Last July, the IRS announced its Virtual Currency Compliance Campaign, designed to intensify the IRS’s efforts to counter the underreporting of income related to cryptocurrency use. Through the campaign, the IRS will address noncompliance through taxpayer education, increased audits and initiations of criminal investigations.
This past week the IRS began sending “educational” letters to more than 10,000 taxpayers who either potentially failed to report income and pay the tax from cryptocurrency transactions, or did not report their transactions properly. The IRS sent out three variations of the letters — Letter 6173, Letter 6174, or Letter 6174-A — depending on the severity of the perceived violation. Letters 6174 and 6174-A ask taxpayers to review their returns and file an amended return if necessary; Letter 6173 is a more serious warning that also requires a signature under perjury from the taxpayer affirming U.S. tax law compliance.
In a release explaining the letters, the IRS warned that “[t]axpayers should take these letters very seriously by reviewing their tax filings and when appropriate, amend past returns and pay back taxes, interest and penalties.”
We believe that in the coming years, taxpayers that use cryptocurrency — in particular, taxpayers that sell, exchange, or otherwise dispose of such currencies, or taxpayers that receive cryptocurrencies as a form of payment — will see the IRS initiating rigorous enforcement action.
This new focus on the virtual currency industry is particularly controversial given the IRS’s failure to provide guidance on this subject. To date, the IRS has issued only a single guidance document addressing virtual currency. Notice 2014-21 states that virtual currency constitute property for federal tax purposes and provides guidance on how general federal tax principles apply to such transactions. However, the notice fails to address longstanding questions, including how to determine the fair market value of the currency if price indexes across exchanges differ and how to properly identify the cost-basis upon a sale or exchange, particularly upon the exchange of a large block of cryptocurrency that consists of several smaller blocks of a cryptocurrency portfolio accumulated over several years. Moreover, the market has become more complex in recent years, with the emergence of “airdrops” and “forks” that give users a secondary currency (for example, where bitcoin users receive bitcoin cash), raising new questions about how to properly assign cost basis to the newly-created asset and whether receipt of the new asset is income to the taxpayer. The IRS has stated that it intends to issue new guidance in the coming month to address these issues.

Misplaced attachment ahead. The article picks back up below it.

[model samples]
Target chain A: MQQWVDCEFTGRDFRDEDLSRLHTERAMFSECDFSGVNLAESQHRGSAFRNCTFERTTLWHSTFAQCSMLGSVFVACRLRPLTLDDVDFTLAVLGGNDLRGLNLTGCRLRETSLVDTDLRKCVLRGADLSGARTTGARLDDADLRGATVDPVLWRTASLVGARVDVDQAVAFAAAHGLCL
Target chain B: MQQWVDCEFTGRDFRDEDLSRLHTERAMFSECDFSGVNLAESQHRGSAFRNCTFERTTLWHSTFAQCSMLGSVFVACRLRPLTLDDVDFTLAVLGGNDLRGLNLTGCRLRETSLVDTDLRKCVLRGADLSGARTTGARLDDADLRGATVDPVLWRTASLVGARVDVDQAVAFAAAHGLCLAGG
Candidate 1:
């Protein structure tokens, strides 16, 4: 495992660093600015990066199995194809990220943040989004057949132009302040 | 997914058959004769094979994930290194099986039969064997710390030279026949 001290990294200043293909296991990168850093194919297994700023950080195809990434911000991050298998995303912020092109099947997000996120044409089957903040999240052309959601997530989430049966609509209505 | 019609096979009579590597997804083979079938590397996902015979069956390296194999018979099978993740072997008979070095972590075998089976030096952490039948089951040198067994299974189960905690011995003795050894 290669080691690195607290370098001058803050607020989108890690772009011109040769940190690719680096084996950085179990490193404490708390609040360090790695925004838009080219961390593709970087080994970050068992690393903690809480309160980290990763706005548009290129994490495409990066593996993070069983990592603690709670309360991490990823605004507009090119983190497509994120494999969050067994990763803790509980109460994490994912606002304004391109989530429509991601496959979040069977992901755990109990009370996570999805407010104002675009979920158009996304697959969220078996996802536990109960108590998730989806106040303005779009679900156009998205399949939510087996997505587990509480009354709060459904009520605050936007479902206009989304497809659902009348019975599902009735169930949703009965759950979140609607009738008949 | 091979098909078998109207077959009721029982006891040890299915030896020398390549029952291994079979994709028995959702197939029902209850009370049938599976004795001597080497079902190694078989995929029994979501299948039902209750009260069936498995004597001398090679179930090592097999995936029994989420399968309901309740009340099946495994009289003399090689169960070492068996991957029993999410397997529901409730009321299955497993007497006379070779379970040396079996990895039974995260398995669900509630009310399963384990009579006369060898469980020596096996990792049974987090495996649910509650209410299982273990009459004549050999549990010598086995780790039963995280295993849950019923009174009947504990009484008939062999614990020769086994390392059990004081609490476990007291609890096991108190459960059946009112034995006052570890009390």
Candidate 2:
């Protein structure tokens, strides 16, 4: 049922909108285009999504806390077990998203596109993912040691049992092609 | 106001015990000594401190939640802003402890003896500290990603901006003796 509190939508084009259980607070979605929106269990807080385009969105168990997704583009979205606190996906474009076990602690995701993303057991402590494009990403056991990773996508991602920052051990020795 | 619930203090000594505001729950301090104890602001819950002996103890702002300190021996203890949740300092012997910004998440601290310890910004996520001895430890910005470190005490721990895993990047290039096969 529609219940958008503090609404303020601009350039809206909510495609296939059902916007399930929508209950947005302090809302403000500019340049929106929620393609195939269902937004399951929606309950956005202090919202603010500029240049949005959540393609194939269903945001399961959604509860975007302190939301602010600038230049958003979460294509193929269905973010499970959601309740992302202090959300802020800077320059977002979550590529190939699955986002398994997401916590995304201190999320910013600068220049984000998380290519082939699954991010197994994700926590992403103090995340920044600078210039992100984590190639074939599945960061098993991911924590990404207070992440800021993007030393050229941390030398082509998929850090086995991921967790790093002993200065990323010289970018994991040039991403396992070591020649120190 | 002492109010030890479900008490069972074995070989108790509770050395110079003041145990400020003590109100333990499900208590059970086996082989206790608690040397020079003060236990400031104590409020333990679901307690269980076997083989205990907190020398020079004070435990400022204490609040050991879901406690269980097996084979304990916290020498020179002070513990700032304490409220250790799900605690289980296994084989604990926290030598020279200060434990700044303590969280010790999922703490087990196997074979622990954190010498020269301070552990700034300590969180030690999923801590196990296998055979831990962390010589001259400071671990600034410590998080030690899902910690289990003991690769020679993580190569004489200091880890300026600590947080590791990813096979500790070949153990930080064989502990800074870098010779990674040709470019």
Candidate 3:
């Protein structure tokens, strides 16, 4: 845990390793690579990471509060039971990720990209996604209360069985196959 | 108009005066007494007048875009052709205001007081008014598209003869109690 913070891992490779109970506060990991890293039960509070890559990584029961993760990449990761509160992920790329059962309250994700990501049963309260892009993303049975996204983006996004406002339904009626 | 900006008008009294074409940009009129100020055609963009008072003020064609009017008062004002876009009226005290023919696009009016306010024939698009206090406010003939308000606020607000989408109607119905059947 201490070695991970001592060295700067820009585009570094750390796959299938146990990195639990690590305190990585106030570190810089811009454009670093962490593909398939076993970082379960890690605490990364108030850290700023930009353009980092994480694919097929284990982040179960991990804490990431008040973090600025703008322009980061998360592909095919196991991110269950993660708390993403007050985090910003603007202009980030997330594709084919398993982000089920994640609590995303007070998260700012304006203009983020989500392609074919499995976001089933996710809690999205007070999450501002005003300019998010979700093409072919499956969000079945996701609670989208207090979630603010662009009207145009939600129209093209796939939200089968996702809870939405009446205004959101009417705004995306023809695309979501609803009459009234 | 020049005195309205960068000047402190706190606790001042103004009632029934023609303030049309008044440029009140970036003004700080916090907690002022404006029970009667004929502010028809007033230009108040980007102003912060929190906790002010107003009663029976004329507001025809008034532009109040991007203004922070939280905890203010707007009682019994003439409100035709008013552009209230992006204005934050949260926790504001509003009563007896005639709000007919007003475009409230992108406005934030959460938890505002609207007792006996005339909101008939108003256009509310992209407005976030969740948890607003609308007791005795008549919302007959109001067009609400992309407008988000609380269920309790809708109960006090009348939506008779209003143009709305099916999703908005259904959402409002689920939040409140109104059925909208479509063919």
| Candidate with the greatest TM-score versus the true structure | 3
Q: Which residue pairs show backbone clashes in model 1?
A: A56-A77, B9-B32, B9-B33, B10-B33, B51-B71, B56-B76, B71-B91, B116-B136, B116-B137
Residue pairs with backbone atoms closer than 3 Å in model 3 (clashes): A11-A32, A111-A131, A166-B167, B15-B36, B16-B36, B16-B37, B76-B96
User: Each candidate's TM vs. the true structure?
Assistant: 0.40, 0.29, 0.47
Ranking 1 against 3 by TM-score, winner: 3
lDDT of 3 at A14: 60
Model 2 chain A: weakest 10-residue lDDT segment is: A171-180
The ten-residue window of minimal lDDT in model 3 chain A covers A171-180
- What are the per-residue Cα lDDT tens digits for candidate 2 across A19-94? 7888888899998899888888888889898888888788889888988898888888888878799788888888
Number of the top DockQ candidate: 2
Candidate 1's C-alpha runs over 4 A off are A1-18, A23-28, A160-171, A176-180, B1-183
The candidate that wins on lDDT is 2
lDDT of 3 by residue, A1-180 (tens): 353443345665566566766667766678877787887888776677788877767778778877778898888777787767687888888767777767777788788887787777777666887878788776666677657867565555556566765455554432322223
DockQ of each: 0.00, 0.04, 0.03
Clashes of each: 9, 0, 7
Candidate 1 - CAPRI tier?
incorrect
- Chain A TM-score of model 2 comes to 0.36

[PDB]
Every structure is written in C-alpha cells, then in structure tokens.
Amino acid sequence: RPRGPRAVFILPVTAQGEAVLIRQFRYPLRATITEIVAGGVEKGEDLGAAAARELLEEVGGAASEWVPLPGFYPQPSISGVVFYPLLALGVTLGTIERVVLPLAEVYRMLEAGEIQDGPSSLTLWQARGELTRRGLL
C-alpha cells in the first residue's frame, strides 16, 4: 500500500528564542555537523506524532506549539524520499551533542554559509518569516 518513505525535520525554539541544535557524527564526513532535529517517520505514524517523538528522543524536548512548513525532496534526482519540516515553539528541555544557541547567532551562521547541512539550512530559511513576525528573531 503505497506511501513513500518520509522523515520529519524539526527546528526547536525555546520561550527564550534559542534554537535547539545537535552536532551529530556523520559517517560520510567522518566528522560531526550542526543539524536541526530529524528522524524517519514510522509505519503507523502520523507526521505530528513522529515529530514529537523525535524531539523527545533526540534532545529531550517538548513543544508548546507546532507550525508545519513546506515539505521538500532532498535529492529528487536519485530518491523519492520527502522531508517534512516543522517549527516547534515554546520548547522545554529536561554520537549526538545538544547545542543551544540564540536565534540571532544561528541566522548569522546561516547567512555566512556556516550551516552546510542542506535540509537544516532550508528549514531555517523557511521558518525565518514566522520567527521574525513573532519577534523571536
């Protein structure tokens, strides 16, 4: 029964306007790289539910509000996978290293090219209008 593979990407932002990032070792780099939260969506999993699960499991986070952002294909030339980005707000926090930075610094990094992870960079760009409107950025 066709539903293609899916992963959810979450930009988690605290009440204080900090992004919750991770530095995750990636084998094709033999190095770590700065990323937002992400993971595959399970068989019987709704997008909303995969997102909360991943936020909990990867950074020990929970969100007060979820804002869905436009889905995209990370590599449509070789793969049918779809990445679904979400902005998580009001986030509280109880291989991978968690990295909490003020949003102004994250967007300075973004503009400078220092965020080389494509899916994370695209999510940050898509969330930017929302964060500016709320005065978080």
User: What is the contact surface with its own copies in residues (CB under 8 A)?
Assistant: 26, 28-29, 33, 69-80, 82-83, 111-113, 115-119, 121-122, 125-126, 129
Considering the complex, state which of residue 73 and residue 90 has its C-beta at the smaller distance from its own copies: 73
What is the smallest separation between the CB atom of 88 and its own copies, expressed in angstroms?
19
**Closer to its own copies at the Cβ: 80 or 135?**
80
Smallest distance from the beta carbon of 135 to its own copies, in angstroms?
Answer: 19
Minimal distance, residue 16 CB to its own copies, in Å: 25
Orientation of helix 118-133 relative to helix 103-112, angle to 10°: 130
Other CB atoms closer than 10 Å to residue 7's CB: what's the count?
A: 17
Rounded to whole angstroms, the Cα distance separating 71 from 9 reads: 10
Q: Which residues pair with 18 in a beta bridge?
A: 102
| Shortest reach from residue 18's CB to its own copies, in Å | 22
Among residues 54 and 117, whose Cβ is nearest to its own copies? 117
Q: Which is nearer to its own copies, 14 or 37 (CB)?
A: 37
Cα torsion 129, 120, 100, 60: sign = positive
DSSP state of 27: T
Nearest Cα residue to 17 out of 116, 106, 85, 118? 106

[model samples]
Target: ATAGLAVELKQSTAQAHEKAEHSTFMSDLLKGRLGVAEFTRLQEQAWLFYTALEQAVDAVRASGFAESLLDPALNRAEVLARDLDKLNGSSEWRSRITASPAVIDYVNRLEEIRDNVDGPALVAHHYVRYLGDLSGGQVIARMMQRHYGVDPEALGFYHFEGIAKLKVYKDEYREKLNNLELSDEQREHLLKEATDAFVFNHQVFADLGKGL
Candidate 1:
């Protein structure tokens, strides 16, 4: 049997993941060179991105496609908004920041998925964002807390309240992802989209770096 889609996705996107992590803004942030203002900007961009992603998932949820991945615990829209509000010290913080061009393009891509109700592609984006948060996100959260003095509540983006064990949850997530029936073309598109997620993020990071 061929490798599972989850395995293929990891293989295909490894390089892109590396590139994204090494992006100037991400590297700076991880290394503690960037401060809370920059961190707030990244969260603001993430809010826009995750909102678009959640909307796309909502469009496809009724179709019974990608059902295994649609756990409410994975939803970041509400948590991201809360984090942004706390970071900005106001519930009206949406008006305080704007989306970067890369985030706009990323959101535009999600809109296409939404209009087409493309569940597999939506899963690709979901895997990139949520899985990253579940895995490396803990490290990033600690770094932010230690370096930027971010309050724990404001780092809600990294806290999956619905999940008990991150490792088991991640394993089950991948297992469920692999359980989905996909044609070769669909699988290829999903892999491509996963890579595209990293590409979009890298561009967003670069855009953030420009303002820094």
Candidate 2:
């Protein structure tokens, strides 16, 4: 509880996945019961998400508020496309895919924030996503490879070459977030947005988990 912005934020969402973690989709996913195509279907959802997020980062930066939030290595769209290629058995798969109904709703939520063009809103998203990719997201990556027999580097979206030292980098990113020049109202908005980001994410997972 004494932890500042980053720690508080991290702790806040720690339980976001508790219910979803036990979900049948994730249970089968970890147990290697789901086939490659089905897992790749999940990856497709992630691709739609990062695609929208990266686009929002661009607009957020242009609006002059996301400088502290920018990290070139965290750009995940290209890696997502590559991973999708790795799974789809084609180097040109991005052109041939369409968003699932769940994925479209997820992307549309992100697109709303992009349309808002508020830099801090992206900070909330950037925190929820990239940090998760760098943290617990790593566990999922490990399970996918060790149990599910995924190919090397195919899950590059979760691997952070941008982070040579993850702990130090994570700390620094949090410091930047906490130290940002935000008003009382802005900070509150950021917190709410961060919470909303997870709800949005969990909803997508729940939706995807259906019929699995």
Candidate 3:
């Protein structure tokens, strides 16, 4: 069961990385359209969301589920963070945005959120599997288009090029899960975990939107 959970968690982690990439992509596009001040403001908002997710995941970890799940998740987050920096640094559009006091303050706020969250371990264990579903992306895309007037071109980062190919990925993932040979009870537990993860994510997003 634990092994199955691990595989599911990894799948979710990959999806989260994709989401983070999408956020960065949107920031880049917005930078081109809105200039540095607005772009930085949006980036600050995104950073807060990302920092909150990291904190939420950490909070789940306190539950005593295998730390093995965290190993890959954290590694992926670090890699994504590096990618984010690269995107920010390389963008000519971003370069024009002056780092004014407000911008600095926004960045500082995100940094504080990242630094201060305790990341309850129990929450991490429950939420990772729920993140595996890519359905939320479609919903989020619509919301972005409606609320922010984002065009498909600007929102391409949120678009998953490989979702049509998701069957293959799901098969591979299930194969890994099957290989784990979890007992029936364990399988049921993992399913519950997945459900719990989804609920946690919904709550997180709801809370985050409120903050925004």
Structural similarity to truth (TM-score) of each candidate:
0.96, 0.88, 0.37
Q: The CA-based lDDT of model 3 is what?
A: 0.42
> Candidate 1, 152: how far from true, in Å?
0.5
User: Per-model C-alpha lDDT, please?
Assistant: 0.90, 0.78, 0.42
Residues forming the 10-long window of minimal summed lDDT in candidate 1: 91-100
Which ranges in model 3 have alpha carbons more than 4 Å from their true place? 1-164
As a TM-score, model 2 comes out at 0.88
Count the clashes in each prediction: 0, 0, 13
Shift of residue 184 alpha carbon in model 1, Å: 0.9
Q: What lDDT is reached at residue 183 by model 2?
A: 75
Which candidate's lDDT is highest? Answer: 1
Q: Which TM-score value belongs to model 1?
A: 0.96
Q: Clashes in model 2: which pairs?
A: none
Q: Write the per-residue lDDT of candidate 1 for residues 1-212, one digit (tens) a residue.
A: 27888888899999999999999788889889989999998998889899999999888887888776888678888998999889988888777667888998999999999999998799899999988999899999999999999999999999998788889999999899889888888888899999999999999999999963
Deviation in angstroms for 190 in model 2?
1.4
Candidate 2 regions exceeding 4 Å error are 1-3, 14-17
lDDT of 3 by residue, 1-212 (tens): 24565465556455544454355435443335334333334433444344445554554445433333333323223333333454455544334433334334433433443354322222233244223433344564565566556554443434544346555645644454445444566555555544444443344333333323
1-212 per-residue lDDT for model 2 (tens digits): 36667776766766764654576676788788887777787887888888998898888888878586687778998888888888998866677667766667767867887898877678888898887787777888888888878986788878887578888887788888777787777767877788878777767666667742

Notice 2014-21, while useful, is nonbinding. Until the IRS issues binding guidance, taxpayers should use reasonable methods and apply general tax principles applicable to property transactions. Because the IRS considers virtual currency to be property, and not currency, for federal income tax purposes, taxpayers that sell, exchange or otherwise dispose of their cryptocurrency should report any gains or losses on Form 8949 and Form 1040 Schedule D. Taxpayers should be mindful that trading cryptocurrency for another cryptocurrency or for hard currency, like the dollar, is a taxable event, as is using cryptocurrency to purchase goods and services.
Finally, in the future, the IRS may consider imposing information reporting and withholding guidance that would apply to exchanges and brokerage firms. Currently, there is no explicit requirement for these third parties to report cryptocurrency sales to the IRS. Notice 2014-21 does, however, require credit card intermediaries to report payments made to merchants on Form 1099-K in certain circumstances and employers and businesses to report payments of $600 or more on Form 1099-MISC.
By imposing information reporting obligations on to the exchanges and brokers, the IRS will be able to identify taxpayers who conduct cryptocurrency transactions through these parties and identify the taxable transaction amounts specifically related to cryptocurrencies. In fact, the Treasury Inspector General for Tax Administration has recommended that third-party tax information reporting documents be revised to facilitate identification of cryptocurrency reporting noncompliance. Given the IRS’s current intense focus on the cryptocurrency market, we believe that the IRS will likely expand information reporting and withholding requirements to cryptocurrency exchanges, as well as brokerage firms that deal with cryptocurrency.
This post originally appeared on the Cov Financial Services blog.